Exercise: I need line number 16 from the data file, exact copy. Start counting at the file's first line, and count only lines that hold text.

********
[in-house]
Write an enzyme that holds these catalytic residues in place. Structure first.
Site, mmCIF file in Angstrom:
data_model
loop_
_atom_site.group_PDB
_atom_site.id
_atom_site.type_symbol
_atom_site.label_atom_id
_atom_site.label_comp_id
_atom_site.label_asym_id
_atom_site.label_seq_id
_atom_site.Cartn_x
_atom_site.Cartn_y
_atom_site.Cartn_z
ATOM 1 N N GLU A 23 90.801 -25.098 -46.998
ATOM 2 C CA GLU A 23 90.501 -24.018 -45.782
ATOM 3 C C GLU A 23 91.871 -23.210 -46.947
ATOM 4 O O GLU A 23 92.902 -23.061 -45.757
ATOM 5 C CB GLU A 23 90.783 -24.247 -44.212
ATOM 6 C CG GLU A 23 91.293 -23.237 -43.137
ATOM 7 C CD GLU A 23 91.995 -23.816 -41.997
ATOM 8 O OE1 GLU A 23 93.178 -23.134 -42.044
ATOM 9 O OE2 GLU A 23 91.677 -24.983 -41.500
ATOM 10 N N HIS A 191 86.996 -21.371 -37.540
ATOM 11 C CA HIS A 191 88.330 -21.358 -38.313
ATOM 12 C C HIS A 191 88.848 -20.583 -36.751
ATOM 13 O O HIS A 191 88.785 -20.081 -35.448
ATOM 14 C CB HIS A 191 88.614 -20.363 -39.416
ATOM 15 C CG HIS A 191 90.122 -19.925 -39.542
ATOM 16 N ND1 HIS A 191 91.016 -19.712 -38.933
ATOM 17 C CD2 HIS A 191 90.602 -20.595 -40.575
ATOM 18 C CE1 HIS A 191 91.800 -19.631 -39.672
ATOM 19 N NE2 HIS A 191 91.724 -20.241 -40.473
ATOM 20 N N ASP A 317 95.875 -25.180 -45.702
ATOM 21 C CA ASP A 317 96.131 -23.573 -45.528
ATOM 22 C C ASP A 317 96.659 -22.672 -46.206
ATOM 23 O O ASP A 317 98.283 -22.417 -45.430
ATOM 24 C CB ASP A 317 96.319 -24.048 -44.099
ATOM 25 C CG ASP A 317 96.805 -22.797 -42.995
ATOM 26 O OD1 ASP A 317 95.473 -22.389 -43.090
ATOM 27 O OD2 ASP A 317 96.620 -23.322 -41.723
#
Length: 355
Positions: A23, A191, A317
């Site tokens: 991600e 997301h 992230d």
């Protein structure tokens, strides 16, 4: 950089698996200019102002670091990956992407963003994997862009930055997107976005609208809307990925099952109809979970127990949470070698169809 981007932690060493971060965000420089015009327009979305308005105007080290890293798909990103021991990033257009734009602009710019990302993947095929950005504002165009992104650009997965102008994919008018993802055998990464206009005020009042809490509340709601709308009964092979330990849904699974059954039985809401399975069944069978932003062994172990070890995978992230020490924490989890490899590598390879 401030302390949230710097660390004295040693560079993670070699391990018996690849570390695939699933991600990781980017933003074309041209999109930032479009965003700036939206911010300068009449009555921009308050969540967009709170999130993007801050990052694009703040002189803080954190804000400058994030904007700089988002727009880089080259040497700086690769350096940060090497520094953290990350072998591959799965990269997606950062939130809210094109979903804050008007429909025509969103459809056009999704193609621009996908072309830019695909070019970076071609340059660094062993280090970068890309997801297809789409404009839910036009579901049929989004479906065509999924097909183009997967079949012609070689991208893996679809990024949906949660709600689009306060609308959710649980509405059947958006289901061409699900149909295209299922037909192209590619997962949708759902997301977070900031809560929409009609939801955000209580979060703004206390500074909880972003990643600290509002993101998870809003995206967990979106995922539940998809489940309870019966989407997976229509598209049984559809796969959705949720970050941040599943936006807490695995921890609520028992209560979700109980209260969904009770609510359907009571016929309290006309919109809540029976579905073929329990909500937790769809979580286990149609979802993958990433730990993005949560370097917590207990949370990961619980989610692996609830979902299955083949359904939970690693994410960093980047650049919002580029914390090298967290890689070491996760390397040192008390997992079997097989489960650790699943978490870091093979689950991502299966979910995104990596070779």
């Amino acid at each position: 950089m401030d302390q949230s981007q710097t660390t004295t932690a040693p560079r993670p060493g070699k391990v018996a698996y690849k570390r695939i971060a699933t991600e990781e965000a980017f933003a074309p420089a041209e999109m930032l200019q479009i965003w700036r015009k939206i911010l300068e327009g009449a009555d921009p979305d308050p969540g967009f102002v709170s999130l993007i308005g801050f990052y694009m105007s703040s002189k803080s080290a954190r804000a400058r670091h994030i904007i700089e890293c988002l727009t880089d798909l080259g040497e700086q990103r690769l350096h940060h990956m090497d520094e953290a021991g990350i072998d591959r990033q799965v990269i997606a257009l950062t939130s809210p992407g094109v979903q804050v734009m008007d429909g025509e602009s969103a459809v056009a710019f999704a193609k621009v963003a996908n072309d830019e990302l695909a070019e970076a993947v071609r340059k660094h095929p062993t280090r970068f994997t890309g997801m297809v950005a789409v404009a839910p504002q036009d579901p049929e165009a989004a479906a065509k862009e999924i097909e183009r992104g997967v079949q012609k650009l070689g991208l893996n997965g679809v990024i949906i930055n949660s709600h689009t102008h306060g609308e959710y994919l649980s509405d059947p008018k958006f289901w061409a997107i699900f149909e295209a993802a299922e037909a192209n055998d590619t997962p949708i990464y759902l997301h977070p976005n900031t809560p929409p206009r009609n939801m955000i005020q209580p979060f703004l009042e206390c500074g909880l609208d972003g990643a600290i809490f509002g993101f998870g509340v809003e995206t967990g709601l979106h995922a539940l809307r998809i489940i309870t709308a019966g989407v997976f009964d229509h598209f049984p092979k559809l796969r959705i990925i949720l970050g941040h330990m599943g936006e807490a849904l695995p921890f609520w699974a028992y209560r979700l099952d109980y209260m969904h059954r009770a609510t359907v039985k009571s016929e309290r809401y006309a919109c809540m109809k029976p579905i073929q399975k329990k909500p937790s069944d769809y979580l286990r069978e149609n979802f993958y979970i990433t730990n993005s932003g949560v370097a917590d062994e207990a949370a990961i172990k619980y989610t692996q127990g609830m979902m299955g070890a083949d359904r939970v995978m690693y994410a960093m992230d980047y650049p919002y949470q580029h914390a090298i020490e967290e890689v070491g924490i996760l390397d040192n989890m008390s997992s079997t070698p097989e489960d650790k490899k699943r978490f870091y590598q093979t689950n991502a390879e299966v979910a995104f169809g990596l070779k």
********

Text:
ATOM 1 N N GLU A 23 90.801 -25.098 -46.998